The Road Ahead
However, in planning a return to pre-Coronavirus levels of activity, the construction sector must recognise the immediate challenges it faces. Right now, the sector is contracting, with results from March showing that total purchasing and output levels have been impacted by the pandemic. Similarly, architects are warning that since the beginning of March almost 40% of pre-construction projects have been put on hold. Whilst some construction projects may have halted due to uncertainty, it’s important that the industry is proactive in looking for ways to consolidate operations, protect the livelihoods of its staff and explore any potential new avenues for growth. Concurrently, it’s vital that the sector continues to make itself hospitable to young people and draws in new, talented workers to help bridge the skills gap.
Although the Coronavirus crisis is far from over, it has already had a big impact on how we live our everyday lives. Despite the fact many of these changes are difficult to get used to, they do present the construction sector with some hidden opportunities for growth. For one, the nation continues to need more homes, with the government still committed to its target of 300,000 new homes per year by the mid-2020’s. As an industry, construction must ensure that this target is met and reaffirm its commitment to building more houses.
Likewise, should the pandemic adversely affect levels of demand in the private housing market, it’s likely that the government will simply look to improve its existing social housing supply, which would also benefit the construction sector. There are already signs that this could be happening, and it would offer significant work for those in the sector. Since the pandemic, leading contractors such as Wilmott-Dixon have won major social housing projects, including a £59m development in Westminster. What’s more, Salford City Council’s planning committee recently approved a £105m housing development overlooking the River Irwell.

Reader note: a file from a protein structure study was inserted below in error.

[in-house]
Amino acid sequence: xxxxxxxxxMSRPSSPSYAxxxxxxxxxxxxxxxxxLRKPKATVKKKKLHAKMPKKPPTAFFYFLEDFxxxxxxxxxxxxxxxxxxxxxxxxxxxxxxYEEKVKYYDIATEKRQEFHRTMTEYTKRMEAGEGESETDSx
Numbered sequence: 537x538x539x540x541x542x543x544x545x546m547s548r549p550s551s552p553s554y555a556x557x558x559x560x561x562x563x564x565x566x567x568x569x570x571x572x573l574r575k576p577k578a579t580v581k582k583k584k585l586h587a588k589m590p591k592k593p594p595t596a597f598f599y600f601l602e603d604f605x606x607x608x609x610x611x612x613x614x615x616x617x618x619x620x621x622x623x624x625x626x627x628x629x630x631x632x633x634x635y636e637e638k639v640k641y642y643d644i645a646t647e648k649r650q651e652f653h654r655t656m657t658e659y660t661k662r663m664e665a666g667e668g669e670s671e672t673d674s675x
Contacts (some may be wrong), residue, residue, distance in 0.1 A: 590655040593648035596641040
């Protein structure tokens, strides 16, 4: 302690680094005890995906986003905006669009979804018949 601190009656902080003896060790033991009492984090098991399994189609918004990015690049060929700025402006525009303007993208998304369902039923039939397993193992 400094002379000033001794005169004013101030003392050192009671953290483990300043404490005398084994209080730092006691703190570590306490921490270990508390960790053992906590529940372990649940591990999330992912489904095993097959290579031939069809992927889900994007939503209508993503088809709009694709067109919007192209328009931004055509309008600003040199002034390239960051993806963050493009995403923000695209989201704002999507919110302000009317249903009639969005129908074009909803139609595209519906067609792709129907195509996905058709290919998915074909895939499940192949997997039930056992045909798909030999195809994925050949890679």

With many high-street retail outlets closed, more and more commerce is moving online, which is also creating demand for industrial parks and warehouse construction. Recently, the Mick George Group was awarded a multi-service construction package at the Magna Park Lutterworth logistics and distribution park. The exciting project, which entails a 7-million square foot expansion worth £20m, highlights the scale of projects available within this part of the sector. As such, businesses must look to be reactive and able to seize on new opportunities brought about by shifts in demand.
What’s more, it’s arguable that firms in the sector have never had so much government support. To this end, Communities Secretary, Robert Jenrick recently outlined a policy, which allows building sites to operate until 9pm in residential areas, and for longer in non-residential areas, between Mondays and Saturday. It’s hoped that the policy can help businesses to ‘catch up’ on missed work, as well as ensuring shift patterns can be better staggered. Those that want to take advantage of this extension must apply for it through their local council. All applications will be approved unless there is a ‘very compelling’ reason not to.